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Coping with Nature

Have you ever noticed that when springtime comes, and the plants start to peak out, breaking through winter’s frozen ground, you start to feel refreshed? Have you ever been on a walk, mindlessly strolling, taking in the song of the birds, and notice a mood change afterwards? What about when you feel the sun on your skin accompanied by a long, cool breeze? We’ve seen an influx of messages on social media related to spending time outdoors, gardening, going for walks, etc. and the messenger is always promising relief for distress. There’s an easy way of dismissing something that seems far-fetched, or maybe even feels like work, so it’s harder to open our minds to a new opportunity. Turns out, those feelings of peace and contentment aren’t a coincidence. Science has studied the connection and the findings show that being outdoors is beneficial to mental health.

According to a study conducted by Mind, charity organization for mental health, a nature walk reduced symptoms of depression in 71% of the participants, as compared to only 45% of those participants who walked through a shopping center. Another study performed by University of Chicago’s Marc Berman, PhD, and colleagues found that participants who listened to sounds of nature, such as birds chirping or waves crashing on a shoreline, performed better on cognitive tests than their partners who listened to urban sounds. Lastly, in reviewing the research on the connection between nature and happiness, University of Washington’s assistant professor Gregory Bratman, PhD, and colleagues found evidence that contact with nature can be associated with increased happiness, subjective well-being, positive affect, positive social interactions, and a sense of meaning and purpose of life, resulting in decreased mental distress.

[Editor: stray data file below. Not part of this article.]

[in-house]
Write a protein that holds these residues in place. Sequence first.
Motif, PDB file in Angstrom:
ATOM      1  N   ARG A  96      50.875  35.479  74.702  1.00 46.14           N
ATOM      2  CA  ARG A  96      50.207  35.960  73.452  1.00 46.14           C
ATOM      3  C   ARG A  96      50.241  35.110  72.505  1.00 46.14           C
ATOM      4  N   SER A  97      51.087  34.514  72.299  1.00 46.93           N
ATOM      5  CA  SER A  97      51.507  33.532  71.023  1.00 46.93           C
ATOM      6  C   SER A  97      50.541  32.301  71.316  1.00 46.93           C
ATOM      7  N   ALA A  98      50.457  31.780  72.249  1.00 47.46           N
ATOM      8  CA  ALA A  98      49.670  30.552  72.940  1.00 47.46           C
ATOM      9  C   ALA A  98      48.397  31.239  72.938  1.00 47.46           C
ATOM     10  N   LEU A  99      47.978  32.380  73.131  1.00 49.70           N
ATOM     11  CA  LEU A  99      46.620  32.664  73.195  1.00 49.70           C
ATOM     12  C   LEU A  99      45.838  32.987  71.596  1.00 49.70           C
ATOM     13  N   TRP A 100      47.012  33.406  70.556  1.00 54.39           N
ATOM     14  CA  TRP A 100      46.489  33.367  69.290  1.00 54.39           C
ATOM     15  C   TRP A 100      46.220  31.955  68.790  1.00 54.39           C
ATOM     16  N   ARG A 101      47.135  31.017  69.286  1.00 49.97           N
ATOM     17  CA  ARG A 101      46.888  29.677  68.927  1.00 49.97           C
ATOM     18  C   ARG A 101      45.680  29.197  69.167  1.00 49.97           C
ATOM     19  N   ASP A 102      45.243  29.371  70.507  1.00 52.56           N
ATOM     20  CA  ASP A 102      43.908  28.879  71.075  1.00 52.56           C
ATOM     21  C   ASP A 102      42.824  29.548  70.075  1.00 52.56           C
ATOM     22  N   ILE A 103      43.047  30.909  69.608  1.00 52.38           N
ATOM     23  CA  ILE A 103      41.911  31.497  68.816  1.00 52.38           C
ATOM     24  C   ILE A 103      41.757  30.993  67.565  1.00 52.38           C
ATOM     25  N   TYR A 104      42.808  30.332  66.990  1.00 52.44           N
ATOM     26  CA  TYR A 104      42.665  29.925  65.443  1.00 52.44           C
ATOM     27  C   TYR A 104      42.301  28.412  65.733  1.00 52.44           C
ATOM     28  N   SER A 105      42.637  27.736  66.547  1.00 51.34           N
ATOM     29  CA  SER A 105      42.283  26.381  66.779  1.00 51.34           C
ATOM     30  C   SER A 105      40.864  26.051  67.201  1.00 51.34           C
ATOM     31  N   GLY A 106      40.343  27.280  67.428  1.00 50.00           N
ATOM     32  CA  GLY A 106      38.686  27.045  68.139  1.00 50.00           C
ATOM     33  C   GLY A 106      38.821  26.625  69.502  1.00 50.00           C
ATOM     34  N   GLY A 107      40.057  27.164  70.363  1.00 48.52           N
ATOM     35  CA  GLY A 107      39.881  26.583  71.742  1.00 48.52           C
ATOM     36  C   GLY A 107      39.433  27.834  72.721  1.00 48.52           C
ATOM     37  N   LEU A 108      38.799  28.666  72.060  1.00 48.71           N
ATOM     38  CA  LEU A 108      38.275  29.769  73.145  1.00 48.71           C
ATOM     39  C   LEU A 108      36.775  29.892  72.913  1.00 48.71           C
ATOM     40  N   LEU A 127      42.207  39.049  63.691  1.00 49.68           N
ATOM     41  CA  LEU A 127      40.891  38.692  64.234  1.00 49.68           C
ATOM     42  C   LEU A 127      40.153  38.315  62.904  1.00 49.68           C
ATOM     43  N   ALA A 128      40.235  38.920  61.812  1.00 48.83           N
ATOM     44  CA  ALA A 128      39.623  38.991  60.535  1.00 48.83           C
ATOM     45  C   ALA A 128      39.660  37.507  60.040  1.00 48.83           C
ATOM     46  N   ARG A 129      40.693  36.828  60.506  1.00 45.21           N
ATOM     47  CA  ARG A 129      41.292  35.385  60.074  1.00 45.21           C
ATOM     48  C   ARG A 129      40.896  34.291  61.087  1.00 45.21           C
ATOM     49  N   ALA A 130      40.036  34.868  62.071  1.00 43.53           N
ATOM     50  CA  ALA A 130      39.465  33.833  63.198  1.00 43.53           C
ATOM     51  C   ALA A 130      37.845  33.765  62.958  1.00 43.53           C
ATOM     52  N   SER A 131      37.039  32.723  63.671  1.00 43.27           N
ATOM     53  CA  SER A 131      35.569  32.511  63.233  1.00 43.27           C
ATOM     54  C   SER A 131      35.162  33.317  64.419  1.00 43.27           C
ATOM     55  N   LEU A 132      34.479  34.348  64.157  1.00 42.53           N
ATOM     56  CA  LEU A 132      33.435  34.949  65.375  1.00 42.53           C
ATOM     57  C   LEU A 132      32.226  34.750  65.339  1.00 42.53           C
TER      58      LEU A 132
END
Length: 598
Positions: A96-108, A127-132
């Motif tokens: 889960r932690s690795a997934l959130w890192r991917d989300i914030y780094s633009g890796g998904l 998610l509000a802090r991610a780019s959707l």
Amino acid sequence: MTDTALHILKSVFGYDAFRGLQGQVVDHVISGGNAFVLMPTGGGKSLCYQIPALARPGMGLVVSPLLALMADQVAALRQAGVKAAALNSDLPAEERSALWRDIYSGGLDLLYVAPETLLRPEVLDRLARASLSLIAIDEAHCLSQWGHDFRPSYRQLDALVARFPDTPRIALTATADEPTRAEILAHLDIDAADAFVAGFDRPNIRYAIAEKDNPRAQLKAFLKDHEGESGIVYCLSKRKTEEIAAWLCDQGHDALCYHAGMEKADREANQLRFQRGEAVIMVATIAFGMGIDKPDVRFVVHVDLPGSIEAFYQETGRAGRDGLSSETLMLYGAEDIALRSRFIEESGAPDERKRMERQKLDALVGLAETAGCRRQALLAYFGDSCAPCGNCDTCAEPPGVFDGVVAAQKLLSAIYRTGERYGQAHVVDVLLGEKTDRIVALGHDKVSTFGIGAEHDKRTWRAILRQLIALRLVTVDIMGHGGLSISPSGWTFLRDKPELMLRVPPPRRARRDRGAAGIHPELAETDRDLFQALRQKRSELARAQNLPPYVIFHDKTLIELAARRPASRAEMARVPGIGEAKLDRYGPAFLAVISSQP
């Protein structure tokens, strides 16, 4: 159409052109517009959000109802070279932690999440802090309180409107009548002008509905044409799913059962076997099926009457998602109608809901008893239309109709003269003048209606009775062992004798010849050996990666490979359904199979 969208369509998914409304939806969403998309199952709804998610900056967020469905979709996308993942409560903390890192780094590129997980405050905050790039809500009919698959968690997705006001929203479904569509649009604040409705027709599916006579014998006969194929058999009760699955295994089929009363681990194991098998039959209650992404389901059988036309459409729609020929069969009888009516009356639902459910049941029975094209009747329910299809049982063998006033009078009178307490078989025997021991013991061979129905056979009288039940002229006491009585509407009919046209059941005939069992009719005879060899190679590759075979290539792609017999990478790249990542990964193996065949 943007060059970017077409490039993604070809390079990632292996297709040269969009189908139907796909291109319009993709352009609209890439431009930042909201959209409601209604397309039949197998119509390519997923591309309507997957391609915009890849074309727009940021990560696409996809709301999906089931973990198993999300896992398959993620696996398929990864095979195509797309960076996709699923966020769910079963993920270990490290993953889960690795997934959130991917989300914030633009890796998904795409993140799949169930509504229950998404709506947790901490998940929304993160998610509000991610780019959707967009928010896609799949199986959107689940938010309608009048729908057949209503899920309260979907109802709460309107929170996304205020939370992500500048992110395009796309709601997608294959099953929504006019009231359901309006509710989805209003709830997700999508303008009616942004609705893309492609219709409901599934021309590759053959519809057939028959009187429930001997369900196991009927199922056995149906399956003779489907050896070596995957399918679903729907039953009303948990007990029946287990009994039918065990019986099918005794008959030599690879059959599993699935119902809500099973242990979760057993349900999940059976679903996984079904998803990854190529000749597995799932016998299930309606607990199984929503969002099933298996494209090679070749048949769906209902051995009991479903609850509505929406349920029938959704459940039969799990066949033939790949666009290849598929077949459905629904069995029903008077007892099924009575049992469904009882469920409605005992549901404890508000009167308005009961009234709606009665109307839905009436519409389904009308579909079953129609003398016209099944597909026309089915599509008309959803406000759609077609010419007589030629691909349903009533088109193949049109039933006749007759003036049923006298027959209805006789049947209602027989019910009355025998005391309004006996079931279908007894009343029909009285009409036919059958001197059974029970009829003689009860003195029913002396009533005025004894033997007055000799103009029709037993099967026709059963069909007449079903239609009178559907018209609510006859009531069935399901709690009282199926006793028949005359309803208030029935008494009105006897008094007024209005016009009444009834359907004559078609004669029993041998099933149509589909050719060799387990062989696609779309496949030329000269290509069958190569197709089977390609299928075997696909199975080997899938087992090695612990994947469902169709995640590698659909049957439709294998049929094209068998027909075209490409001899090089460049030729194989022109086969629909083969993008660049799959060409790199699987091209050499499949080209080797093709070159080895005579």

So, what does this mean for the average person? We can use nature and being outdoors to our advantage when it comes to treating our mental health. It’s important to note that learning new coping skills, exploring what tools work best, and using them in real time is the ultimate goal for tolerating stress. We happen to have an easily accessible environment to enhance our wellbeing.

Here are some examples of how to practice coping mechanisms in an outdoor environment:

· Take a walk through the park

· Enjoy a coffee or tea outside

· Listen to birds chirping from the window

· Sit in sunlight for up to 10 minutes a day

· Listen to music outdoors

· Enjoy a meal under the stars

· Cloud gazing during the day or star gazing at night

· Pick wildflowers and bring inside

It’s important to consider if going outside isn’t easily available to everyone, it can feel like a task. Honestly, even if it is something readily accessible, it can still feel like a task. Try to be considerate of how you spend your time in nature. Maybe start small, with sitting near a window watching for birds or having plants inside the home. However you choose to enjoy nature, it’s all beneficial to coping with uncomfortable emotions. Nature is our endless supply of endorphins, serotonin, and exploration. It is important to connect with our environment to feel grounded and centered. Next time you find yourself feeling that need for a release, try coping with nature.


MIND. (2007). Ecotherapy: The green agenda for mental health. Retrieved from

Environmental Neuroscience

Berman, M.G., et al., American Psychologist, 2019

Nature and Mental Health: An Ecosystem Service Perspective

Bratman, G.N., et al., Science Advances, 2019

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